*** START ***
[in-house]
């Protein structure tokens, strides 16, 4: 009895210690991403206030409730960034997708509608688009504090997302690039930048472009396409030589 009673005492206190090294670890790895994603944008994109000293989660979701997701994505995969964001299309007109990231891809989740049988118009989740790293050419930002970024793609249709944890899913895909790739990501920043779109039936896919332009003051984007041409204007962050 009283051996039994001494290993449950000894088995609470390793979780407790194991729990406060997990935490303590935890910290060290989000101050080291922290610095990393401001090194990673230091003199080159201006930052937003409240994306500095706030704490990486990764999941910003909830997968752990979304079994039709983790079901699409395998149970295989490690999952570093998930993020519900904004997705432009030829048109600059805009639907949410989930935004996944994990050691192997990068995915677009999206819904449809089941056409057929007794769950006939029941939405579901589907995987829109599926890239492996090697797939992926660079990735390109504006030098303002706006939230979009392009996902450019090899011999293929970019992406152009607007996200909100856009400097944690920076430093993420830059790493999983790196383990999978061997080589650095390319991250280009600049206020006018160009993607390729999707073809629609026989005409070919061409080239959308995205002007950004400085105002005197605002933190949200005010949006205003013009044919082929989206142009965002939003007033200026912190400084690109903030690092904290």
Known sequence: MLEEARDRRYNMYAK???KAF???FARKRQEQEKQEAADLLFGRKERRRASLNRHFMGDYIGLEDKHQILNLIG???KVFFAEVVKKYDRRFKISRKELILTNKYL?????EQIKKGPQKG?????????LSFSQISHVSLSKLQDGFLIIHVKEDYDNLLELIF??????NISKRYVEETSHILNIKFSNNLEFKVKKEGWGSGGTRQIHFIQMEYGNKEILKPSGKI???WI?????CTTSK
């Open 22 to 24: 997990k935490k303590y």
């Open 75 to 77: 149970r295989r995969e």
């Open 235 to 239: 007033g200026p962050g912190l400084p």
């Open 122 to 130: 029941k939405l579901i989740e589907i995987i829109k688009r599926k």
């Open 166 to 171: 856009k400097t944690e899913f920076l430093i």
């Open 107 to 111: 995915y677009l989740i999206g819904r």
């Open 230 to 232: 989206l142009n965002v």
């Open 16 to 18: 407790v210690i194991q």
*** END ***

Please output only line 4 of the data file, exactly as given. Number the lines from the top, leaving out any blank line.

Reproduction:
């Open 22 to 24: 997990k935490k303590y």